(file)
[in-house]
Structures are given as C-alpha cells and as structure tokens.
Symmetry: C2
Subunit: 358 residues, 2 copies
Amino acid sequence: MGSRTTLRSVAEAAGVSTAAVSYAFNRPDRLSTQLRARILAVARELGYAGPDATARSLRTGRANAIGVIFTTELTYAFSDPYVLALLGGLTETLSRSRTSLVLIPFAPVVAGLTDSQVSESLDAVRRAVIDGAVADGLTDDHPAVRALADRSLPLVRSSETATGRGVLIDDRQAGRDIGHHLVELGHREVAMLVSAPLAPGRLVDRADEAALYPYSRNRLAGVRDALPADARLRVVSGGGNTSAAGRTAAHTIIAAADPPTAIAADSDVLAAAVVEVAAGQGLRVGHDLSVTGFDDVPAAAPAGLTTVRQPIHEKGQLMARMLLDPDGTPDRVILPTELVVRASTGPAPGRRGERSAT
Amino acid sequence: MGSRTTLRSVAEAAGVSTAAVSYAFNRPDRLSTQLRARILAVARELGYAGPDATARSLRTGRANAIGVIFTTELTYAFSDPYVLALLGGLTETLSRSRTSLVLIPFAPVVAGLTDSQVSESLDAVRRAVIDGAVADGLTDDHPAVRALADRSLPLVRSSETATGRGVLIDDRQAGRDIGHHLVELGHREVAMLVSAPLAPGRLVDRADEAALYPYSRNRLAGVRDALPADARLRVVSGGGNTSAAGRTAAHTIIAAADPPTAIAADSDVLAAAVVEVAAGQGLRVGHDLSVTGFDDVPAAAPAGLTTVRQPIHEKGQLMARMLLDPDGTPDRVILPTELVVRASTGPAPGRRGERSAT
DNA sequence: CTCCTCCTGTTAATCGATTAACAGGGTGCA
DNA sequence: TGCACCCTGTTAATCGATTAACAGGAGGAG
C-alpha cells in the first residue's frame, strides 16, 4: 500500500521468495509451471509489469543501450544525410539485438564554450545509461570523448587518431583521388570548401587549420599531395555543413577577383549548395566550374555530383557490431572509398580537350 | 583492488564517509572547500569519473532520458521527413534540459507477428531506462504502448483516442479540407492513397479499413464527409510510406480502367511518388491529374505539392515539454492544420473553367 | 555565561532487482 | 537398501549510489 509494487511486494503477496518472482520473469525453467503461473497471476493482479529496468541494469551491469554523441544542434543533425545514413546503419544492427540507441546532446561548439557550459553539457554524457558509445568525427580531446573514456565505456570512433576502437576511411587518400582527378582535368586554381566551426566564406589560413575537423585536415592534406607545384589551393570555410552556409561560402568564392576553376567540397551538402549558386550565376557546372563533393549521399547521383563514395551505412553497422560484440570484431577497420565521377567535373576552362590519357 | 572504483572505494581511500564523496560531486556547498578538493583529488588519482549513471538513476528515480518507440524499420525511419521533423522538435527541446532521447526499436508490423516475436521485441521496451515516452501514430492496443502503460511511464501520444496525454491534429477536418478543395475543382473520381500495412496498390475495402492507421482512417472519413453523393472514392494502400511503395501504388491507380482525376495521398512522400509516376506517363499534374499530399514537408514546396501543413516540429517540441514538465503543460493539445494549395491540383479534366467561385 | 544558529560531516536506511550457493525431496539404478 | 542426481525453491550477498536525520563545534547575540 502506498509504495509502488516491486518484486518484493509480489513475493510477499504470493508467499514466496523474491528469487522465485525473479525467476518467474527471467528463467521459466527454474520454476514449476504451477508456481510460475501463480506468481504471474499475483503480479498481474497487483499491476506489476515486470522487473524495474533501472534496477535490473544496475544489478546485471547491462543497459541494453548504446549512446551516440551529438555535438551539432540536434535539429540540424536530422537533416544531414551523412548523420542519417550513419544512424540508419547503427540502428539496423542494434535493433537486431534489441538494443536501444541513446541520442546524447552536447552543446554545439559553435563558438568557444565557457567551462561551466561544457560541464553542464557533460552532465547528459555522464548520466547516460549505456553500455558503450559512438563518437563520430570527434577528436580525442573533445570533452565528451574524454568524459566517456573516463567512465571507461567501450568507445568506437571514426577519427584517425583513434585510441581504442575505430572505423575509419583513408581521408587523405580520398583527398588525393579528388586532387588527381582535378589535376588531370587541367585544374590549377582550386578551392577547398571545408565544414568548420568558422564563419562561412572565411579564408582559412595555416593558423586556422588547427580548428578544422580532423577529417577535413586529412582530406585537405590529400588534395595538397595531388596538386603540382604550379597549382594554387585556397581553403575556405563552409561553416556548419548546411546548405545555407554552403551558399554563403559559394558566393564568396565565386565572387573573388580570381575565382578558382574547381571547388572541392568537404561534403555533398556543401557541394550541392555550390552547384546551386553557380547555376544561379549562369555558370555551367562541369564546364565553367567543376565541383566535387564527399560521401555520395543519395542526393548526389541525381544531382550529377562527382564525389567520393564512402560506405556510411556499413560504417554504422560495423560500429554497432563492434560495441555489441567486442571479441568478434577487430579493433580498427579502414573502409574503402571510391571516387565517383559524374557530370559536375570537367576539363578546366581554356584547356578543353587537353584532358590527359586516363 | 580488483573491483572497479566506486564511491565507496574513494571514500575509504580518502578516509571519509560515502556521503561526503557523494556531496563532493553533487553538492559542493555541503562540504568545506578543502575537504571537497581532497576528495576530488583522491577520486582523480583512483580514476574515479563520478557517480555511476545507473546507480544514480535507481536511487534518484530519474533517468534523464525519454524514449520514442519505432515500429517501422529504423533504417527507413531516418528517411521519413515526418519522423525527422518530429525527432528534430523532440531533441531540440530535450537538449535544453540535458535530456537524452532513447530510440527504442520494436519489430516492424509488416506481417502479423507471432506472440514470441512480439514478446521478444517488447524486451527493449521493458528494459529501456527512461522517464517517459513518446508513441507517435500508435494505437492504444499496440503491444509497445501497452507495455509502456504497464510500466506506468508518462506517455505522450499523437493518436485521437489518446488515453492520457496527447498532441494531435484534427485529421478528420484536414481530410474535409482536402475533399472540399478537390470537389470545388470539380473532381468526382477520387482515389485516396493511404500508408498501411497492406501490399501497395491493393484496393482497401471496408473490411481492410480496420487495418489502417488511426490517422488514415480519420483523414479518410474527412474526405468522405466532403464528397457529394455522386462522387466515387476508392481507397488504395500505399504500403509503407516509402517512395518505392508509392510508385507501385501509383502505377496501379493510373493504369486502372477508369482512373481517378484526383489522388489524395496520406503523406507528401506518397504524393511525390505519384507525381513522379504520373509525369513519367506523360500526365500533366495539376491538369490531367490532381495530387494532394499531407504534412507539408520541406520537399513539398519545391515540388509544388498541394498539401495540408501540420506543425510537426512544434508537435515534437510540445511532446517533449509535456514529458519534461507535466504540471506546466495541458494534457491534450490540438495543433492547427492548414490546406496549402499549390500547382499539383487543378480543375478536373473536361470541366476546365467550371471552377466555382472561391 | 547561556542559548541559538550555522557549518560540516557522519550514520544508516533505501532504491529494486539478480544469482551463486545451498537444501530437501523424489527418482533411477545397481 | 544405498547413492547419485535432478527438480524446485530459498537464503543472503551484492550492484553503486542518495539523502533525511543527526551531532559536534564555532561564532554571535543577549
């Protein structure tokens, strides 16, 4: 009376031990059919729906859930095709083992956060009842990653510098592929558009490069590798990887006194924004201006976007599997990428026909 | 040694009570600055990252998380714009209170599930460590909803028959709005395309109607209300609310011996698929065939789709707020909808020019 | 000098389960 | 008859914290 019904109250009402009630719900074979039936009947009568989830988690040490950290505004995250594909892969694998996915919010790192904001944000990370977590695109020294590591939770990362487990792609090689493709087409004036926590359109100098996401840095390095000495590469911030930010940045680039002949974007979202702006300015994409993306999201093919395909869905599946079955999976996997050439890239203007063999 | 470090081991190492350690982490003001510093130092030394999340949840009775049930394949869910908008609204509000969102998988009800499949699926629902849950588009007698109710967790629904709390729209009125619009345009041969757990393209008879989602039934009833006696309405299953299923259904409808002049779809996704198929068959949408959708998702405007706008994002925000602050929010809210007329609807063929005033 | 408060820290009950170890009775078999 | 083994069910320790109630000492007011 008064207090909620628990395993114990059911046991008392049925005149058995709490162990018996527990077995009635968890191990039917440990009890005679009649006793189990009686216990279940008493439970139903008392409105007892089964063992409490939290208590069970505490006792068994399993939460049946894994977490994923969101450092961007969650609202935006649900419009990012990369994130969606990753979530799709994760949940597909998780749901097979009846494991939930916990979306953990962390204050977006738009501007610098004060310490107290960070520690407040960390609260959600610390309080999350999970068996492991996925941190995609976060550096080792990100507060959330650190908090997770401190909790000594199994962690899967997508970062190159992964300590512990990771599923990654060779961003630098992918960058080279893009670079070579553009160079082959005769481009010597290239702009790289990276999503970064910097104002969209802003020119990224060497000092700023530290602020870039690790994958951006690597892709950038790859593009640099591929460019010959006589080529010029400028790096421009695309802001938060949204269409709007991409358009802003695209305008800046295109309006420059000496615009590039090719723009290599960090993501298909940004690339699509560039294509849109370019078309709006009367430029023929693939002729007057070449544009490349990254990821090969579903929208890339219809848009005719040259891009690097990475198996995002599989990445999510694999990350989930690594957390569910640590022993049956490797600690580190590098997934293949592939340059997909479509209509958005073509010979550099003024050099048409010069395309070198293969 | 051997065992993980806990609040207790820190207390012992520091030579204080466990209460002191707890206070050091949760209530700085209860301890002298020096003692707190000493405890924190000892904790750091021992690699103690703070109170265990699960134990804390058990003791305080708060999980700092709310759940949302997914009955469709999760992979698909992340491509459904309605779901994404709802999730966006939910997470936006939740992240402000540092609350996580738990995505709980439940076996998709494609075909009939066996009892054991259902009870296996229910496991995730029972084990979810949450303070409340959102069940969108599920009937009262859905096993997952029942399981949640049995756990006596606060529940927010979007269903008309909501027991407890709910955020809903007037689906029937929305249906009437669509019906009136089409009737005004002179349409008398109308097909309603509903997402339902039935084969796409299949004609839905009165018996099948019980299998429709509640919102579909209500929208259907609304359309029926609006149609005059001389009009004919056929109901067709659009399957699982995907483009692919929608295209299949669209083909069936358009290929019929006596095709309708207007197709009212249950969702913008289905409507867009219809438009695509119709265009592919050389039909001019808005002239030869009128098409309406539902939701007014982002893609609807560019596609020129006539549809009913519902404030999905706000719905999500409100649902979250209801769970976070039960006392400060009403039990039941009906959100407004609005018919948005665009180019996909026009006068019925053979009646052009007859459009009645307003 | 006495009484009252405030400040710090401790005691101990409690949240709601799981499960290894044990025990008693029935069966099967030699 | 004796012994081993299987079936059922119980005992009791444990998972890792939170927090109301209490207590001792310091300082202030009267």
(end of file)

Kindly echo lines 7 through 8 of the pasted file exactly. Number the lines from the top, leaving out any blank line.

DNA sequence: CTCCTCCTGTTAATCGATTAACAGGGTGCA
DNA sequence: TGCACCCTGTTAATCGATTAACAGGAGGAG